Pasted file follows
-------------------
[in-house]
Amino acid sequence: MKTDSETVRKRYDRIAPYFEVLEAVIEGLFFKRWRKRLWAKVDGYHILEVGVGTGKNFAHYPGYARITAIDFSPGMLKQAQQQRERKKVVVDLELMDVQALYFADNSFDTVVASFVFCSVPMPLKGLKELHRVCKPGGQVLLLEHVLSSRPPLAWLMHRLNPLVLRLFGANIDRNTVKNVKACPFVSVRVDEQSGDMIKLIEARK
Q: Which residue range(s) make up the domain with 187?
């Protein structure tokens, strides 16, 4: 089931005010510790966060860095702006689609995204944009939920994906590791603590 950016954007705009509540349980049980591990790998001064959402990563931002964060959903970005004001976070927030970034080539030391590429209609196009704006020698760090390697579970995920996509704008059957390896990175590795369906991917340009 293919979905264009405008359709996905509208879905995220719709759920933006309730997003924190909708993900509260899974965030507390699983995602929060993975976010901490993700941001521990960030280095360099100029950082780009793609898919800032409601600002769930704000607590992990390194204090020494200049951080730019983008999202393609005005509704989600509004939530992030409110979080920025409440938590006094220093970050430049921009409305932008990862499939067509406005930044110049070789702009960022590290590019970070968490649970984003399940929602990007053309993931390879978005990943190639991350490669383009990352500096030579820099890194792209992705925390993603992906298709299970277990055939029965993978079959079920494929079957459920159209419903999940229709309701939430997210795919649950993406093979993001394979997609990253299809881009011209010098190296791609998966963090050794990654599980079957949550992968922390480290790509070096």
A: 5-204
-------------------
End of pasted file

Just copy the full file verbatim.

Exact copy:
[in-house]
Amino acid sequence: MKTDSETVRKRYDRIAPYFEVLEAVIEGLFFKRWRKRLWAKVDGYHILEVGVGTGKNFAHYPGYARITAIDFSPGMLKQAQQQRERKKVVVDLELMDVQALYFADNSFDTVVASFVFCSVPMPLKGLKELHRVCKPGGQVLLLEHVLSSRPPLAWLMHRLNPLVLRLFGANIDRNTVKNVKACPFVSVRVDEQSGDMIKLIEARK
Q: Which residue range(s) make up the domain with 187?
């Protein structure tokens, strides 16, 4: 089931005010510790966060860095702006689609995204944009939920994906590791603590 950016954007705009509540349980049980591990790998001064959402990563931002964060959903970005004001976070927030970034080539030391590429209609196009704006020698760090390697579970995920996509704008059957390896990175590795369906991917340009 293919979905264009405008359709996905509208879905995220719709759920933006309730997003924190909708993900509260899974965030507390699983995602929060993975976010901490993700941001521990960030280095360099100029950082780009793609898919800032409601600002769930704000607590992990390194204090020494200049951080730019983008999202393609005005509704989600509004939530992030409110979080920025409440938590006094220093970050430049921009409305932008990862499939067509406005930044110049070789702009960022590290590019970070968490649970984003399940929602990007053309993931390879978005990943190639991350490669383009990352500096030579820099890194792209992705925390993603992906298709299970277990055939029965993978079959079920494929079957459920159209419903999940229709309701939430997210795919649950993406093979993001394979997609990253299809881009011209010098190296791609998966963090050794990654599980079957949550992968922390480290790509070096």
A: 5-204